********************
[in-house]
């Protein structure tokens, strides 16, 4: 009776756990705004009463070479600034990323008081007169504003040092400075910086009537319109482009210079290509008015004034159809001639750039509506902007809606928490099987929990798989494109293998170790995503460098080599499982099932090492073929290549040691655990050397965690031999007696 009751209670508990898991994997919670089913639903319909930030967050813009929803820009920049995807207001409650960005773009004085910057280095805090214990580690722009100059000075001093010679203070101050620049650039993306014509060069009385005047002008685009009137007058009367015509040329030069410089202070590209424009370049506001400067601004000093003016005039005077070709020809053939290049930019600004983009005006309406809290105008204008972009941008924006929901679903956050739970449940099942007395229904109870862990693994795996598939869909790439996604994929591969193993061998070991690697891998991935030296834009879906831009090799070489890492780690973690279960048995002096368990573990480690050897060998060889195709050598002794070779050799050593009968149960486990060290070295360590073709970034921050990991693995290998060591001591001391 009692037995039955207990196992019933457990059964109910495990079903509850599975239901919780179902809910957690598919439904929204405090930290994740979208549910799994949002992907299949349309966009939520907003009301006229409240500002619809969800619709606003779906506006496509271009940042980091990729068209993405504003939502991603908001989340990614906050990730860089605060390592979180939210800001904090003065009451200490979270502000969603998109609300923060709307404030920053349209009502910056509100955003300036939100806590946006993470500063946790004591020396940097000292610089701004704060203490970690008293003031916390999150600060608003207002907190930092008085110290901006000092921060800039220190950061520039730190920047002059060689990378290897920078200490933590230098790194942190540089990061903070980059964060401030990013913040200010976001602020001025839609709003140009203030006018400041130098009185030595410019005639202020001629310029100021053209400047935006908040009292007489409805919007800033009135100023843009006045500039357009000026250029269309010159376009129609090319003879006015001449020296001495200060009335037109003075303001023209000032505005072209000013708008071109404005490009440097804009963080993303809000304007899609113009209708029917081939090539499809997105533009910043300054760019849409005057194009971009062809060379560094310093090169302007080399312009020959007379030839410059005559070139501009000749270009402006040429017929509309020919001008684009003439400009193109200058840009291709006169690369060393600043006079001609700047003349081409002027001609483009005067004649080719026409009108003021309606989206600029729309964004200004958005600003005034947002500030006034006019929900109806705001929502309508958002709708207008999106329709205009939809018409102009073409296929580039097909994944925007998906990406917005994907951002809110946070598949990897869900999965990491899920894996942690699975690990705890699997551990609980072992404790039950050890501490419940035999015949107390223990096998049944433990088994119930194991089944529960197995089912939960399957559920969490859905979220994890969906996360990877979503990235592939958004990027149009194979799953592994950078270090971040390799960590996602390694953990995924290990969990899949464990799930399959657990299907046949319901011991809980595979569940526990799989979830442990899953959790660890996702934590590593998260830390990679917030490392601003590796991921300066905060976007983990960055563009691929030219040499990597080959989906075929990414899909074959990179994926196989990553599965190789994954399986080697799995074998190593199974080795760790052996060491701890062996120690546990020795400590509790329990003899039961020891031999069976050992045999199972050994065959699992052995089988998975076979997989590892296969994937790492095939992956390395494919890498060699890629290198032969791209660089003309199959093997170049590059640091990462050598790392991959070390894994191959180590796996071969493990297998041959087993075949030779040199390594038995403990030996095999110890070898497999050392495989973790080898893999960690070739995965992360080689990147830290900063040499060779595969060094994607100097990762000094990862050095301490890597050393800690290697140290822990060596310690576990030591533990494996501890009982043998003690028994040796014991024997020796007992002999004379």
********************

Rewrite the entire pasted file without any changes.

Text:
[in-house]
């Protein structure tokens, strides 16, 4: 009776756990705004009463070479600034990323008081007169504003040092400075910086009537319109482009210079290509008015004034159809001639750039509506902007809606928490099987929990798989494109293998170790995503460098080599499982099932090492073929290549040691655990050397965690031999007696 009751209670508990898991994997919670089913639903319909930030967050813009929803820009920049995807207001409650960005773009004085910057280095805090214990580690722009100059000075001093010679203070101050620049650039993306014509060069009385005047002008685009009137007058009367015509040329030069410089202070590209424009370049506001400067601004000093003016005039005077070709020809053939290049930019600004983009005006309406809290105008204008972009941008924006929901679903956050739970449940099942007395229904109870862990693994795996598939869909790439996604994929591969193993061998070991690697891998991935030296834009879906831009090799070489890492780690973690279960048995002096368990573990480690050897060998060889195709050598002794070779050799050593009968149960486990060290070295360590073709970034921050990991693995290998060591001591001391 009692037995039955207990196992019933457990059964109910495990079903509850599975239901919780179902809910957690598919439904929204405090930290994740979208549910799994949002992907299949349309966009939520907003009301006229409240500002619809969800619709606003779906506006496509271009940042980091990729068209993405504003939502991603908001989340990614906050990730860089605060390592979180939210800001904090003065009451200490979270502000969603998109609300923060709307404030920053349209009502910056509100955003300036939100806590946006993470500063946790004591020396940097000292610089701004704060203490970690008293003031916390999150600060608003207002907190930092008085110290901006000092921060800039220190950061520039730190920047002059060689990378290897920078200490933590230098790194942190540089990061903070980059964060401030990013913040200010976001602020001025839609709003140009203030006018400041130098009185030595410019005639202020001629310029100021053209400047935006908040009292007489409805919007800033009135100023843009006045500039357009000026250029269309010159376009129609090319003879006015001449020296001495200060009335037109003075303001023209000032505005072209000013708008071109404005490009440097804009963080993303809000304007899609113009209708029917081939090539499809997105533009910043300054760019849409005057194009971009062809060379560094310093090169302007080399312009020959007379030839410059005559070139501009000749270009402006040429017929509309020919001008684009003439400009193109200058840009291709006169690369060393600043006079001609700047003349081409002027001609483009005067004649080719026409009108003021309606989206600029729309964004200004958005600003005034947002500030006034006019929900109806705001929502309508958002709708207008999106329709205009939809018409102009073409296929580039097909994944925007998906990406917005994907951002809110946070598949990897869900999965990491899920894996942690699975690990705890699997551990609980072992404790039950050890501490419940035999015949107390223990096998049944433990088994119930194991089944529960197995089912939960399957559920969490859905979220994890969906996360990877979503990235592939958004990027149009194979799953592994950078270090971040390799960590996602390694953990995924290990969990899949464990799930399959657990299907046949319901011991809980595979569940526990799989979830442990899953959790660890996702934590590593998260830390990679917030490392601003590796991921300066905060976007983990960055563009691929030219040499990597080959989906075929990414899909074959990179994926196989990553599965190789994954399986080697799995074998190593199974080795760790052996060491701890062996120690546990020795400590509790329990003899039961020891031999069976050992045999199972050994065959699992052995089988998975076979997989590892296969994937790492095939992956390395494919890498060699890629290198032969791209660089003309199959093997170049590059640091990462050598790392991959070390894994191959180590796996071969493990297998041959087993075949030779040199390594038995403990030996095999110890070898497999050392495989973790080898893999960690070739995965992360080689990147830290900063040499060779595969060094994607100097990762000094990862050095301490890597050393800690290697140290822990060596310690576990030591533990494996501890009982043998003690028994040796014991024997020796007992002999004379």